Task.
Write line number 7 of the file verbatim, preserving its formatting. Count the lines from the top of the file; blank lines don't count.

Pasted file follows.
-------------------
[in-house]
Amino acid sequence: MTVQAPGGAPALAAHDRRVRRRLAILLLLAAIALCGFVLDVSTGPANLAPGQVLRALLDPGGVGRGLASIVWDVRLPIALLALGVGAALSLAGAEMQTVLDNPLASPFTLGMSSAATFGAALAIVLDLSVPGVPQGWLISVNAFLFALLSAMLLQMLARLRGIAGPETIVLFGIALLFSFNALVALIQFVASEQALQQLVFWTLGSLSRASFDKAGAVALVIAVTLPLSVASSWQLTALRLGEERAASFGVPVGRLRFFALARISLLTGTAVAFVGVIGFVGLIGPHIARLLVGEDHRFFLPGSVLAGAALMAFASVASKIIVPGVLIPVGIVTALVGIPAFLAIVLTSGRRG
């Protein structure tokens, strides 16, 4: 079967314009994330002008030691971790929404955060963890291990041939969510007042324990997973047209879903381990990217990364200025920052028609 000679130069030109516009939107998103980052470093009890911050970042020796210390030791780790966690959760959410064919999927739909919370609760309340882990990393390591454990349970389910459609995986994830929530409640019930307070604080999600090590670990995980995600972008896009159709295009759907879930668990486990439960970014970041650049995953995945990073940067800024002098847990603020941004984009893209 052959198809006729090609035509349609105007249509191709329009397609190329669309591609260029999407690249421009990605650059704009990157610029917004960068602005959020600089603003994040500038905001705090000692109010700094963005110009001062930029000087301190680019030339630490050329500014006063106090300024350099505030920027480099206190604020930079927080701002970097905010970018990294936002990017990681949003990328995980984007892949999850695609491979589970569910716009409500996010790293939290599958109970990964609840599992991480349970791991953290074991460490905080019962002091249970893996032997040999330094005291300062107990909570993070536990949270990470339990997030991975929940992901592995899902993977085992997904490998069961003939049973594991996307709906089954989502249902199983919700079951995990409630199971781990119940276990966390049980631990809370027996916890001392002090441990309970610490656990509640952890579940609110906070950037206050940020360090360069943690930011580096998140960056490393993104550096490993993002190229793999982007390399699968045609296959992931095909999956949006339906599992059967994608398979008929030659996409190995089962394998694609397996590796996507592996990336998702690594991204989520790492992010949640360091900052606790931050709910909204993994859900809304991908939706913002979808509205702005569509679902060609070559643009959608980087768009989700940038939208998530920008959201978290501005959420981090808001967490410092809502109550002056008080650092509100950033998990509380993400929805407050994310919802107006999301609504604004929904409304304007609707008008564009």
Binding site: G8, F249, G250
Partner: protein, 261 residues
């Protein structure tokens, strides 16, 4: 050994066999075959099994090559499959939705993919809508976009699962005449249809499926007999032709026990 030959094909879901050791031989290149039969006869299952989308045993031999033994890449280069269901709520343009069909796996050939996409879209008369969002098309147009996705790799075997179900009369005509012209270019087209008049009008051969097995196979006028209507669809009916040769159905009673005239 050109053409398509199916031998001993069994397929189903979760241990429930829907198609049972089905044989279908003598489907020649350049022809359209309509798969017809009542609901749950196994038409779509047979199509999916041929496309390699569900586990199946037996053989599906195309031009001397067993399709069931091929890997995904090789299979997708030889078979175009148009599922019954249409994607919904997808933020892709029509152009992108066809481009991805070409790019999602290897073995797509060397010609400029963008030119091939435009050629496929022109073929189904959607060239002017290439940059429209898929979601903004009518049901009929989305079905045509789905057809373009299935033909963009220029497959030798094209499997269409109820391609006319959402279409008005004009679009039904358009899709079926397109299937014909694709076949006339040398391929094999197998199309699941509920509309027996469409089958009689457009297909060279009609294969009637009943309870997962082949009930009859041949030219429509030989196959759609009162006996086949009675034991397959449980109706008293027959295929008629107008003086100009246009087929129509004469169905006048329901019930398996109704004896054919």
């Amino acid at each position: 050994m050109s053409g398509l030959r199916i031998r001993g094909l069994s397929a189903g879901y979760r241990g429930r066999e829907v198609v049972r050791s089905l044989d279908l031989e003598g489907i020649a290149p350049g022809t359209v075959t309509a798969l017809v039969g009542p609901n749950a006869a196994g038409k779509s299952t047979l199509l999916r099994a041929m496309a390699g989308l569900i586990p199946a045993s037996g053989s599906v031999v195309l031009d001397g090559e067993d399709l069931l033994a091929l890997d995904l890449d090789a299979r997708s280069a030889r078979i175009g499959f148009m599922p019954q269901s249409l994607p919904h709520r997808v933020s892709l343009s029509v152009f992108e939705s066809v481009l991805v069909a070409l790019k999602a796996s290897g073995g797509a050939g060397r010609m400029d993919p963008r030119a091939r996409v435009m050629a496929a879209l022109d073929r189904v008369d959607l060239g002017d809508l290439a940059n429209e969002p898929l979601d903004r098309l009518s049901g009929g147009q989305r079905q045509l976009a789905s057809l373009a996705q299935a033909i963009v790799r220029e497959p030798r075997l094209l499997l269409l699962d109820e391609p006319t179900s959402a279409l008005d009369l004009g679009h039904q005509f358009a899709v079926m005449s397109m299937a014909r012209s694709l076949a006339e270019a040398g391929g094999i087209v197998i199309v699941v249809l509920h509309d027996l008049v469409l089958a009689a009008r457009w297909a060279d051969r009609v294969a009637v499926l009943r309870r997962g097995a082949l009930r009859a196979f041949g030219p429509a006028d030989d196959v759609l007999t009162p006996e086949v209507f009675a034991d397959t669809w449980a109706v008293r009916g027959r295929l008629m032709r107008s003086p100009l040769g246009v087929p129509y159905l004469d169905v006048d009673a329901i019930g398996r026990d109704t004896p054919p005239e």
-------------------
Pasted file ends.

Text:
């Amino acid at each position: 050994m050109s053409g398509l030959r199916i031998r001993g094909l069994s397929a189903g879901y979760r241990g429930r066999e829907v198609v049972r050791s089905l044989d279908l031989e003598g489907i020649a290149p350049g022809t359209v075959t309509a798969l017809v039969g009542p609901n749950a006869a196994g038409k779509s299952t047979l199509l999916r099994a041929m496309a390699g989308l569900i586990p199946a045993s037996g053989s599906v031999v195309l031009d001397g090559e067993d399709l069931l033994a091929l890997d995904l890449d090789a299979r997708s280069a030889r078979i175009g499959f148009m599922p019954q269901s249409l994607p919904h709520r997808v933020s892709l343009s029509v152009f992108e939705s066809v481009l991805v069909a070409l790019k999602a796996s290897g073995g797509a050939g060397r010609m400029d993919p963008r030119a091939r996409v435009m050629a496929a879209l022109d073929r189904v008369d959607l060239g002017d809508l290439a940059n429209e969002p898929l979601d903004r098309l009518s049901g009929g147009q989305r079905q045509l976009a789905s057809l373009a996705q299935a033909i963009v790799r220029e497959p030798r075997l094209l499997l269409l699962d109820e391609p006319t179900s959402a279409l008005d009369l004009g679009h039904q005509f358009a899709v079926m005449s397109m299937a014909r012209s694709l076949a006339e270019a040398g391929g094999i087209v197998i199309v699941v249809l509920h509309d027996l008049v469409l089958a009689a009008r457009w297909a060279d051969r009609v294969a009637v499926l009943r309870r997962g097995a082949l009930r009859a196979f041949g030219p429509a006028d030989d196959v759609l007999t009162p006996e086949v209507f009675a034991d397959t669809w449980a109706v008293r009916g027959r295929l008629m032709r107008s003086p100009l040769g246009v087929p129509y159905l004469d169905v006048d009673a329901i019930g398996r026990d109704t004896p054919p005239e």